BNZ chief executive Andrew Thorburn has defended the rising bank profits saying tougher rules to protect the financial system means that they have to hold more capital.
The Australian-owned bank made cash earnings, which exclude one-off items and unrealised charges, of $385 million in the six months to March, an increase of 17% compared with the same period a year earlier.
BNZ's net interest margin rose to 2.41% from customers switching to more lucrative floating mortgage rates, and its return on assets jumped to 1.3%.
Mr Thorburn says those margins are needed to build up capital buffers and ensure a strong credit rating to allow it to borrow overseas, and to invest in its operations.
He says margins fell quite dramatically after the global financial crisis and are now back to sustainable and required levels.
BNZ lifted its share of the retail deposit and farm lending markets, and Mr Thorburn says the subdued recovery also led to a decline in the amount set aside to cover potential bad loans, which fell by two-thirds to $34 million.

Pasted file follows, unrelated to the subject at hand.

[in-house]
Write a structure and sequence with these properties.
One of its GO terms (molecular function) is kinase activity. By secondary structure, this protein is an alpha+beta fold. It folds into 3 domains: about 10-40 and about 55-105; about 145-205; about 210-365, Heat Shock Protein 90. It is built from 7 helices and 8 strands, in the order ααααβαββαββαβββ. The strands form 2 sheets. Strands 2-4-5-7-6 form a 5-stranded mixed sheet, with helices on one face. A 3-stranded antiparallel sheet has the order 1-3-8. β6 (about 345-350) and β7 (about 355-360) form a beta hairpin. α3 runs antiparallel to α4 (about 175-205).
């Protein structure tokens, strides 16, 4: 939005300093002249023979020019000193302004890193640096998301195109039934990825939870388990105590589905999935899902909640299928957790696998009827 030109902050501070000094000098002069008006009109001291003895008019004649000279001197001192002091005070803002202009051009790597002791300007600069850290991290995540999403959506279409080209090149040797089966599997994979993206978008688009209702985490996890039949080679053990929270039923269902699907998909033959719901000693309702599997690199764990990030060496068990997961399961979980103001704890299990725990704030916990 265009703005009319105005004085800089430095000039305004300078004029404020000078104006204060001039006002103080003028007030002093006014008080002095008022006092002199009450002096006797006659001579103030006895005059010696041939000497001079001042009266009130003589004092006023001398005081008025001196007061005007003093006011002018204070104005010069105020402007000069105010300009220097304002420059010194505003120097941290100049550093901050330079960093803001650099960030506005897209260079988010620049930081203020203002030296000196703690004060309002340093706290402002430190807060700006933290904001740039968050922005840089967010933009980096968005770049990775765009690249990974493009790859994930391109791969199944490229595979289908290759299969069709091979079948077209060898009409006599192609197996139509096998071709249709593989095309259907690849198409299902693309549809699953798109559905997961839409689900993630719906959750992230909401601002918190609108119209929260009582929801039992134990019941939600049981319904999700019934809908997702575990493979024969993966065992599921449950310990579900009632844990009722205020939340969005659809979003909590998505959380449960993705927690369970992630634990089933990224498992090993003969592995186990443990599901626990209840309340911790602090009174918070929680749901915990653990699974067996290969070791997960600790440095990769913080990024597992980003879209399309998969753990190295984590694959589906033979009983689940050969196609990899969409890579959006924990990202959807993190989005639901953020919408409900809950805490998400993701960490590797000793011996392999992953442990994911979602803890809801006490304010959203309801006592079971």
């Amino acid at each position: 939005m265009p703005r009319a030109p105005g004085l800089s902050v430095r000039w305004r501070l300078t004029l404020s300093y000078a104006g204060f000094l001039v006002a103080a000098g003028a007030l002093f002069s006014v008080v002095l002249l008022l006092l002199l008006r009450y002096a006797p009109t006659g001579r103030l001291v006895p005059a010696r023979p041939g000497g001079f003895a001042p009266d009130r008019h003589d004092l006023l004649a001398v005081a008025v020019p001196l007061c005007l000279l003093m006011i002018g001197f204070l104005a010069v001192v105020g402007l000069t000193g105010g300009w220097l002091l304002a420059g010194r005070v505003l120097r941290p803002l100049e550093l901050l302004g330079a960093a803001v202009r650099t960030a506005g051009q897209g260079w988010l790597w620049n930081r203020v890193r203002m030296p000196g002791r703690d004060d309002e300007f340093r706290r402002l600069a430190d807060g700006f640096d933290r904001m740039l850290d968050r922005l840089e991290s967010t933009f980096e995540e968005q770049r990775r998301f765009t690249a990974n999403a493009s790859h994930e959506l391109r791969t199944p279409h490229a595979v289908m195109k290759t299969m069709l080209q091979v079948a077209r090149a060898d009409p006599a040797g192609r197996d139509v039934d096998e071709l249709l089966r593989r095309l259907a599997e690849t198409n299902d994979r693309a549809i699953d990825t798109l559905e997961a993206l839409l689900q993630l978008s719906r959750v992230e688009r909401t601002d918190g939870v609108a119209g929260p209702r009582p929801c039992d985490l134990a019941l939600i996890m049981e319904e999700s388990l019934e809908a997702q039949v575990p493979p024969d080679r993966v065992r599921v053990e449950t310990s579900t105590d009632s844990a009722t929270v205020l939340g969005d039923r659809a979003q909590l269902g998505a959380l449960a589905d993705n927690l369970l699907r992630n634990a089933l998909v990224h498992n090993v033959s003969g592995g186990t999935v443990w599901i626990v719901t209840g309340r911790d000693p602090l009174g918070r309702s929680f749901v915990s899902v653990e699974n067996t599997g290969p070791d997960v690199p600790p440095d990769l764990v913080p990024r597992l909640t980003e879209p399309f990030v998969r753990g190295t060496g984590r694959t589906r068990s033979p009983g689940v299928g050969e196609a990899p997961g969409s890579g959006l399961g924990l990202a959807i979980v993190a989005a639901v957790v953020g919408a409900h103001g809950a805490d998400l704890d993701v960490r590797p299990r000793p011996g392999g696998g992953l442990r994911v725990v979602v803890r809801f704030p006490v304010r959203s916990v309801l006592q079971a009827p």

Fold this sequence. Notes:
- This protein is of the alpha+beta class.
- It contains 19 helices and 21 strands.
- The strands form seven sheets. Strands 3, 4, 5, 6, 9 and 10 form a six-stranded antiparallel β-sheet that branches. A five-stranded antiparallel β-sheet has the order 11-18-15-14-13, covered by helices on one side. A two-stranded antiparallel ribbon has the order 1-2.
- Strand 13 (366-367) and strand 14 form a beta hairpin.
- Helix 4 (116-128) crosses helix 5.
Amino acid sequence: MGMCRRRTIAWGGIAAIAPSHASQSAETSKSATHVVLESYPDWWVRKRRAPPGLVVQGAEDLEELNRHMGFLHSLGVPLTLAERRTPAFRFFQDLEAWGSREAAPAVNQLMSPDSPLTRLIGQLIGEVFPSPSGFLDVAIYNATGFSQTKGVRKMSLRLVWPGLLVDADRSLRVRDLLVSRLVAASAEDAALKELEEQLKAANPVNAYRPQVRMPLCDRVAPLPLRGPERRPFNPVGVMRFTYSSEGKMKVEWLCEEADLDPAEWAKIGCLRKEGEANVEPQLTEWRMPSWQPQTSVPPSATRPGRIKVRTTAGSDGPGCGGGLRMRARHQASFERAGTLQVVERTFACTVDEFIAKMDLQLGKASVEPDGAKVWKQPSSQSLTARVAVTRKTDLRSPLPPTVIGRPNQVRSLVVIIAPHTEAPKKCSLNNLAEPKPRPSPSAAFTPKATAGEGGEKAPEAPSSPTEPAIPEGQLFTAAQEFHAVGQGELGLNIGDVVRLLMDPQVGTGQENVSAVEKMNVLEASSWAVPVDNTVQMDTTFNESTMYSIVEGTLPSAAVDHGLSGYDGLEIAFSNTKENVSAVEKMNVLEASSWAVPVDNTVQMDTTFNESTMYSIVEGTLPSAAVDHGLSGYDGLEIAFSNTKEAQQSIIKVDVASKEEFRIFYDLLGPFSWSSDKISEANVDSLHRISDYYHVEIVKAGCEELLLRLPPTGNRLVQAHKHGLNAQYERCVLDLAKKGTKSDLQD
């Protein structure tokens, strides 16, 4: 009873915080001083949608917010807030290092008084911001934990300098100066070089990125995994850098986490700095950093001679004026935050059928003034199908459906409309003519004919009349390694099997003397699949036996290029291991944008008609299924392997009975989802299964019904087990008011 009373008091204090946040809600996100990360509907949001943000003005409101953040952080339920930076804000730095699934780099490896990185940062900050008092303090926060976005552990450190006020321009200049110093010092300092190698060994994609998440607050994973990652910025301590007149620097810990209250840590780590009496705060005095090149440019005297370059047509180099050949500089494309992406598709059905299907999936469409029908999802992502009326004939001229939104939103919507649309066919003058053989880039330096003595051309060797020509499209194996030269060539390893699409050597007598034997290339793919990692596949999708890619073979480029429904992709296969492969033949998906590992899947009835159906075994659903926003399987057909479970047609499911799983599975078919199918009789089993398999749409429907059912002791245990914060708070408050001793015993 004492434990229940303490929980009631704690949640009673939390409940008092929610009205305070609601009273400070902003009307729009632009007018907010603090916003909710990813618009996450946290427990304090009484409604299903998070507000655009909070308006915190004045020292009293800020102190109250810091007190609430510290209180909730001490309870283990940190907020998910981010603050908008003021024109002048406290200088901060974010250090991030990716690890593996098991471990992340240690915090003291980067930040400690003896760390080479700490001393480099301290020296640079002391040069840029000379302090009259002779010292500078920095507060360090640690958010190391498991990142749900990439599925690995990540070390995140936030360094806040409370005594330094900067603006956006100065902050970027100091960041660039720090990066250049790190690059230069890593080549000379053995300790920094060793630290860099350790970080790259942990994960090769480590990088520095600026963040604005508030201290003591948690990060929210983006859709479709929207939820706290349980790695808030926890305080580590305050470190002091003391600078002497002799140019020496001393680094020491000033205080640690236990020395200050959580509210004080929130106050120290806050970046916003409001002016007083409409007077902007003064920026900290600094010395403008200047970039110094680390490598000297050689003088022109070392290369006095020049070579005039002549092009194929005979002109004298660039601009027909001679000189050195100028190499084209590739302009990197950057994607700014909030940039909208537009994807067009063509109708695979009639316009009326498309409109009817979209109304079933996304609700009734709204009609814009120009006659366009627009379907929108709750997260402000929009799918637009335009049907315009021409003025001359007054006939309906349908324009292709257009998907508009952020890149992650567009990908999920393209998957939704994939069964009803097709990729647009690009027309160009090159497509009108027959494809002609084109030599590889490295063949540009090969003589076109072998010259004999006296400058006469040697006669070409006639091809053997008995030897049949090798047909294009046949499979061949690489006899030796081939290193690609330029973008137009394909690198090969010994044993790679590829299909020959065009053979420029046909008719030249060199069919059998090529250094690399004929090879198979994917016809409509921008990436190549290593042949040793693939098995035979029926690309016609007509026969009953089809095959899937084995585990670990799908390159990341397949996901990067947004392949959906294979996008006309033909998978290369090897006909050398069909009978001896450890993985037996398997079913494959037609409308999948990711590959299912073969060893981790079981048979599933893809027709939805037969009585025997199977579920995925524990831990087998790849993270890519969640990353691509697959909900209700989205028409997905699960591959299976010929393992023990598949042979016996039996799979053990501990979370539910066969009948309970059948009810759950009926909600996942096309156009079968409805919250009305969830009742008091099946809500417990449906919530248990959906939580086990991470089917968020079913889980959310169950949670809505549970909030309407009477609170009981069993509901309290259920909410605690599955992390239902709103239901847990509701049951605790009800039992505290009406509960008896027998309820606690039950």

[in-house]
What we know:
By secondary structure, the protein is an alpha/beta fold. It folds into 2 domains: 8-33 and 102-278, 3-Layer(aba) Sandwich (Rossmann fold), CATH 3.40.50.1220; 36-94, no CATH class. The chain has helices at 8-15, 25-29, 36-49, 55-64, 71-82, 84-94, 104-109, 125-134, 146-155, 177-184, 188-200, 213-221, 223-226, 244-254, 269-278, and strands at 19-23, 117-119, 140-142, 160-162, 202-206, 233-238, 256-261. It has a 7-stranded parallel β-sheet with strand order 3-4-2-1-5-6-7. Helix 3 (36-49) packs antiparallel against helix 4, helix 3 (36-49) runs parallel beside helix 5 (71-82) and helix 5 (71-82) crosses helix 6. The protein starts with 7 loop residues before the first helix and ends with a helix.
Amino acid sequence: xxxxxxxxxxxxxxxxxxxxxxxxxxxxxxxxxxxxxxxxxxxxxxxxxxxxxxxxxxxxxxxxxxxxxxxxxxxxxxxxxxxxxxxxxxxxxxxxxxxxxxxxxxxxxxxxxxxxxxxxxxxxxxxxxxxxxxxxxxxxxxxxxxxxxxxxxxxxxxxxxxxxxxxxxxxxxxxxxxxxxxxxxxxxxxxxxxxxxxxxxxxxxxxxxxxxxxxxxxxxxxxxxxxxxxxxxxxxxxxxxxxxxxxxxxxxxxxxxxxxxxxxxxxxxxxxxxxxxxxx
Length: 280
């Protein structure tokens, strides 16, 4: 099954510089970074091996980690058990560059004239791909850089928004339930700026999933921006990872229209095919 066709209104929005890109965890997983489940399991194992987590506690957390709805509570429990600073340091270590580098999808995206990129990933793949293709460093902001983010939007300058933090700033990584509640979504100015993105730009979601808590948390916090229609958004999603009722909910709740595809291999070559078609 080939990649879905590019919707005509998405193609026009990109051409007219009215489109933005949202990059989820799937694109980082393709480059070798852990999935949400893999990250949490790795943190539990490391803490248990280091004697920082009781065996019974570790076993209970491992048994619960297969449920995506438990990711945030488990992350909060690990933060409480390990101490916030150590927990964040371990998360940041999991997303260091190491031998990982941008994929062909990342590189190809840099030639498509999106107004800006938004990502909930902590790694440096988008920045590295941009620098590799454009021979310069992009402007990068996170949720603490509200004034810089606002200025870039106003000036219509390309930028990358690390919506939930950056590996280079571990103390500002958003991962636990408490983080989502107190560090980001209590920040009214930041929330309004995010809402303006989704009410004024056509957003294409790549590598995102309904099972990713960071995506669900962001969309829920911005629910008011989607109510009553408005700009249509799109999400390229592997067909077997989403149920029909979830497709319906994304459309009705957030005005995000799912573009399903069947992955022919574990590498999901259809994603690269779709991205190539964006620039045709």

Mr Thorburn says the recovery will continue to stutter along and financial markets will continue to have bouts of doubt about Europe's ability to deal with its debt mountain.
But he says the New Zealand economy is slowly improving, export markets remain reasonably positive although offset by the higher exchange rate and it's hoped savings will continue to be generated by New Zealanders.
The bank's parent, National Australia Bank, experienced a 5% rise in its half year cash profit to $A2.8 billion.
In total, half year profits for major banks BNZ, ANZ, Westpac and ASB jumped about 28% to $1.8 billion.
This has been criticised as excessive, given households and firms are still struggling.
However Mr Thorburn defends the need for a profitable banking sector and says a big factor in rising profit is that banks are having to set aside less money to cover potential bad debts.
He says asset quality improvements have helped the cash earnings improvements of most banks in the last 12 months, which he says is a one-off phenomenon.